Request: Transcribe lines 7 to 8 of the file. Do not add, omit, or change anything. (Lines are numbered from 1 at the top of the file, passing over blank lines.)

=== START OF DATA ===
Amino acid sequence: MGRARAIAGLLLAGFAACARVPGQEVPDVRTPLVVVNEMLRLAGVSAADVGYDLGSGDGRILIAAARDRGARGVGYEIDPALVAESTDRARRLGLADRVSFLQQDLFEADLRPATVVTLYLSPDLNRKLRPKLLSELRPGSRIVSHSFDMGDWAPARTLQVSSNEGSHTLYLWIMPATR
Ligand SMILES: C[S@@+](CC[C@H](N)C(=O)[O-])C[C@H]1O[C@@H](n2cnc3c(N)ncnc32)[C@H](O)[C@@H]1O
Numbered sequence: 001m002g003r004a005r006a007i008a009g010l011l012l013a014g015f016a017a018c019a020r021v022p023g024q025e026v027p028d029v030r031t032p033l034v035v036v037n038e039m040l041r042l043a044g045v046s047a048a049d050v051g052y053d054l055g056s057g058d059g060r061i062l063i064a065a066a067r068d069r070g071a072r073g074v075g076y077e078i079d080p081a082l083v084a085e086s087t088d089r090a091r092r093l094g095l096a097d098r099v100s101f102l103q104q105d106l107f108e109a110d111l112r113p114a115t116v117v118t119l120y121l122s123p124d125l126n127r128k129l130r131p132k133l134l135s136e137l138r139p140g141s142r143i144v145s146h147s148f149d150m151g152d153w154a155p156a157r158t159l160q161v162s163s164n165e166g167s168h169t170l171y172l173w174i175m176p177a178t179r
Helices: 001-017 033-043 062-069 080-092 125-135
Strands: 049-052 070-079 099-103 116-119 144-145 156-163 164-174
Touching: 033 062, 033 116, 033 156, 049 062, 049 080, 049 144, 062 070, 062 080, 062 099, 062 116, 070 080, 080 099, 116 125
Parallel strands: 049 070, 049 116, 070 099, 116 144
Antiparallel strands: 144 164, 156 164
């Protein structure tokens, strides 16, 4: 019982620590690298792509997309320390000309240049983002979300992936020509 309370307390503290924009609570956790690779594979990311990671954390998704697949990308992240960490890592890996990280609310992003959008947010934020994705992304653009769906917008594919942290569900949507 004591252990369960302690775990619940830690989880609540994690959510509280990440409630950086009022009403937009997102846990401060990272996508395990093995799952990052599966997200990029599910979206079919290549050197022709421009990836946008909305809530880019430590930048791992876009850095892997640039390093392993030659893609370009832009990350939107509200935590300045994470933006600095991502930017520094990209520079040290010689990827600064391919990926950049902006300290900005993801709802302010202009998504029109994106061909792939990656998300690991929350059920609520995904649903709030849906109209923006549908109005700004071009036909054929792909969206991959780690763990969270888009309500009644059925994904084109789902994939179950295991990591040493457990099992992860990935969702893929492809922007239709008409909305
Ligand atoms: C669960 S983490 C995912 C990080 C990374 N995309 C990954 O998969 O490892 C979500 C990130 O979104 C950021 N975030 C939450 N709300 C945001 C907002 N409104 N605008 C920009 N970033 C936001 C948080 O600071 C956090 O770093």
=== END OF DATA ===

Parallel strands: 049 070, 049 116, 070 099, 116 144
Antiparallel strands: 144 164, 156 164